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College of Science & Engineering


Barrington Hwang ’14, a Dallas native, graduated from TCU as a triple major on the pre-health track with degrees in chemistry, economics and biology. He also received a Fulbright grant for a yearlong position in Taiwan as an English Teaching Assistantship post-graduation. When he returned to the states, he attended the University of Texas Health at San Antonio Long School of Medicine. Hwang then applied for residency and was placed at Vanderbilt University Medical Center, where he currently works.

photo of Barrington Hwang
Barrington Hwang '14 (courtesy photo)

While at TCU, Hwang, a Chancellor’s Scholar, was very involved on campus. He participated in Frog Camp, TCU Ambassadors, student government, and was a finalist for Mr. TCU - a homecoming court tradition. In terms of academics, Hwang learned a lot about research, and credited the personal advising and mentorship from professors and faculty. “I learned a lot about myself when working with student affairs and in the academically rigorous courses,” Hwang said.

Ron Pitcock, interim dean of John V. Roach Honors College, J. Vaughn and Evelyne H. Wilson Honors Fellow, and Director of Prestigious Scholarships, recommended that Hwang apply for the Fulbright grant and helped him through the process. After receiving the grant, Hwang spent a year in Taiwan, where he met his wife, also serving with the Fulbright grant at that time. Hwang emphasized the value of the year he spent doing something very different from his career plan, and how it benefited him both personally and professionally. “Keep your options open to try something new between undergrad and med school,” Hwang said. “If medical school, or whatever comes next for you, is important, you’ll make it happen. Try to enjoy the time when you are free to explore other interests.”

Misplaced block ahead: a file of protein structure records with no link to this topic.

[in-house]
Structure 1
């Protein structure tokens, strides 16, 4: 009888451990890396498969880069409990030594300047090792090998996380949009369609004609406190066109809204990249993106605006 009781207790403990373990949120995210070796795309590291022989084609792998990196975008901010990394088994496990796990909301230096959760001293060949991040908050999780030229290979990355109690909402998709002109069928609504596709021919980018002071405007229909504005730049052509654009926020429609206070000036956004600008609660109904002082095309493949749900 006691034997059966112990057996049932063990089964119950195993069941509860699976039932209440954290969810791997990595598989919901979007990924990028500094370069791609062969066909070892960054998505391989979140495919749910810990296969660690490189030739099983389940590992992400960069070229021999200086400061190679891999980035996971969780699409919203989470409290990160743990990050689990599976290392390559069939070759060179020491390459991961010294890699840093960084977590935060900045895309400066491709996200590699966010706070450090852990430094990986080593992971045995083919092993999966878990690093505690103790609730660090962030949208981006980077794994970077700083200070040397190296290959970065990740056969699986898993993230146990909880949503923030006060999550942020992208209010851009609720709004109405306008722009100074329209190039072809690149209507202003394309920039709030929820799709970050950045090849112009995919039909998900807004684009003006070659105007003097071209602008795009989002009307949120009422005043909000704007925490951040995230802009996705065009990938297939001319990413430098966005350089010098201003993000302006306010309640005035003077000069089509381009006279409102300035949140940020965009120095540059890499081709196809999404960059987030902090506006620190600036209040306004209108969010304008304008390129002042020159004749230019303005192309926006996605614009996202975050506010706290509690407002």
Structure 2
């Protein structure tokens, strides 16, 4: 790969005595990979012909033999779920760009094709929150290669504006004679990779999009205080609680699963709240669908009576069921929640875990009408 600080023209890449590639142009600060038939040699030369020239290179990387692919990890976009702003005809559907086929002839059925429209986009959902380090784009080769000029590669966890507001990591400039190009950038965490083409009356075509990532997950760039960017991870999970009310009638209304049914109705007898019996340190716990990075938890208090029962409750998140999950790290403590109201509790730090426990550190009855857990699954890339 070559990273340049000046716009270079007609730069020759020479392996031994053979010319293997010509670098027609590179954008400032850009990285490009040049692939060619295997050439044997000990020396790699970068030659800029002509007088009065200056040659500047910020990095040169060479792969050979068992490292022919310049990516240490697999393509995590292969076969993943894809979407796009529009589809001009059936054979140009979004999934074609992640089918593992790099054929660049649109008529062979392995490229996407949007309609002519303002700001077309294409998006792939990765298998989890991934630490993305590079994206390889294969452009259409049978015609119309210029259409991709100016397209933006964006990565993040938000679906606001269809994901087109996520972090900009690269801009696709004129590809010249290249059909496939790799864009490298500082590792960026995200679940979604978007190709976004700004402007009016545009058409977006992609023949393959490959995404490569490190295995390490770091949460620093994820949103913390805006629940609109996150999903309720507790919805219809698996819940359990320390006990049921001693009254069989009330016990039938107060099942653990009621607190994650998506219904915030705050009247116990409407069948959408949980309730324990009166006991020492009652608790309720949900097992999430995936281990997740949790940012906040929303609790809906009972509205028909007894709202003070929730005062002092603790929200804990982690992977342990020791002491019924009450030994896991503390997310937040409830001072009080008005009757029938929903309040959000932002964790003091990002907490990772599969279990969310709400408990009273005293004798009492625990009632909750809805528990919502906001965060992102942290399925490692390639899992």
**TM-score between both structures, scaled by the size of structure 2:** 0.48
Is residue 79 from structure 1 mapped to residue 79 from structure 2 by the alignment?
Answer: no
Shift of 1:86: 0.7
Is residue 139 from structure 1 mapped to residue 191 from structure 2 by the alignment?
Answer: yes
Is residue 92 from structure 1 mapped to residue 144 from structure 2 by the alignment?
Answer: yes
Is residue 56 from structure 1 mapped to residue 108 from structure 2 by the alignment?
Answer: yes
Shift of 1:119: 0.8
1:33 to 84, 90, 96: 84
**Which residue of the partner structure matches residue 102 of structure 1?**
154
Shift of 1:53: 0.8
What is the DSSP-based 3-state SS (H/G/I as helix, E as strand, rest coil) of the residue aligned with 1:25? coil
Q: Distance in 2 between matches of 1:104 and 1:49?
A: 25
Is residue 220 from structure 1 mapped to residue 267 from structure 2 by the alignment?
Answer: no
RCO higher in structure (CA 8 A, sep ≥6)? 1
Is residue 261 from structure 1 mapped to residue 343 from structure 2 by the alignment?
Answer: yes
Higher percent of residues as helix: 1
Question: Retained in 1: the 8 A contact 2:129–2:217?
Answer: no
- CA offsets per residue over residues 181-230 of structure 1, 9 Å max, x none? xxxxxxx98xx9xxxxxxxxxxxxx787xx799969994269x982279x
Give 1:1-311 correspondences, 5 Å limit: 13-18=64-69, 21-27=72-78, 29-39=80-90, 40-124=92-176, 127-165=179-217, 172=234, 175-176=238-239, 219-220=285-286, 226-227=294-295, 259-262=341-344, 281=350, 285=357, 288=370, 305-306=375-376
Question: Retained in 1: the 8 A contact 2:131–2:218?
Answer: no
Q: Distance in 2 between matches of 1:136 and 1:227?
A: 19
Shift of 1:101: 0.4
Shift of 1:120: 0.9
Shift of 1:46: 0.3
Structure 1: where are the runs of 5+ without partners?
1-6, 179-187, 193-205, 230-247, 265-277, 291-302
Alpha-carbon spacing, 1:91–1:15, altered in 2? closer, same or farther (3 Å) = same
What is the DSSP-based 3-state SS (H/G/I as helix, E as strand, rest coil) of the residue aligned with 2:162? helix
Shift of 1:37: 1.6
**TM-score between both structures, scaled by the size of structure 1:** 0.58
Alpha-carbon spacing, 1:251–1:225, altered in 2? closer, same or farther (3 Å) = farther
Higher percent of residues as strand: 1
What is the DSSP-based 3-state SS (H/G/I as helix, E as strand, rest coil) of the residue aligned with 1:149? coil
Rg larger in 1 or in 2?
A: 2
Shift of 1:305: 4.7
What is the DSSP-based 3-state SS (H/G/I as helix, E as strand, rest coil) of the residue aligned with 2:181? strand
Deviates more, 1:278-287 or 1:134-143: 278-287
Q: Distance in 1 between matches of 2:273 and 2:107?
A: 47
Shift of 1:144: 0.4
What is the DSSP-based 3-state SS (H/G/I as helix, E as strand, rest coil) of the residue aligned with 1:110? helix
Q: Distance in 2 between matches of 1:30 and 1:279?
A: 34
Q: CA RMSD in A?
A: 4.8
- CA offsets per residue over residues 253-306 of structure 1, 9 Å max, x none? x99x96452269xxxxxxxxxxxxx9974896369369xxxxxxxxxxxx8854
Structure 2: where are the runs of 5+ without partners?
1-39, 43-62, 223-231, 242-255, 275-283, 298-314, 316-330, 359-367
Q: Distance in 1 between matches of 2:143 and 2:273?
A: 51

Recently, Hwang helped create a podcast with the American Journal of Psychiatry Residents Journal. He assists by editing the audio and creating content for the podcast. He just published an episode, available in both English and Spanish, about a professor’s work with mental health in Peru. Hwang shared several ideas for upcoming episodes, covering topics such as book reviews, seasonal affective disorder (SAD), minority voices, and the effect of climate change on mental health.

In the future, Hwang is open to seeing where his career takes him. He mentioned he would enjoy working with mental health clinics, teaching in the community, or even having his own practice to dedicate time to minority mental health. His interests focus around child and adolescent psychiatry, global mental health, cross-cultural psychiatry, eating disorders, medical education and integrated care.

Hwang shared advice for students following a similar path to his. He emphasized that college is a time for growth, as well as the importance of keeping an open mind to get the most out of the experience. “If your motivation is to help people, there are so many ways to do that,” Hwang said. “Challenge yourself to grow through new experiences.”

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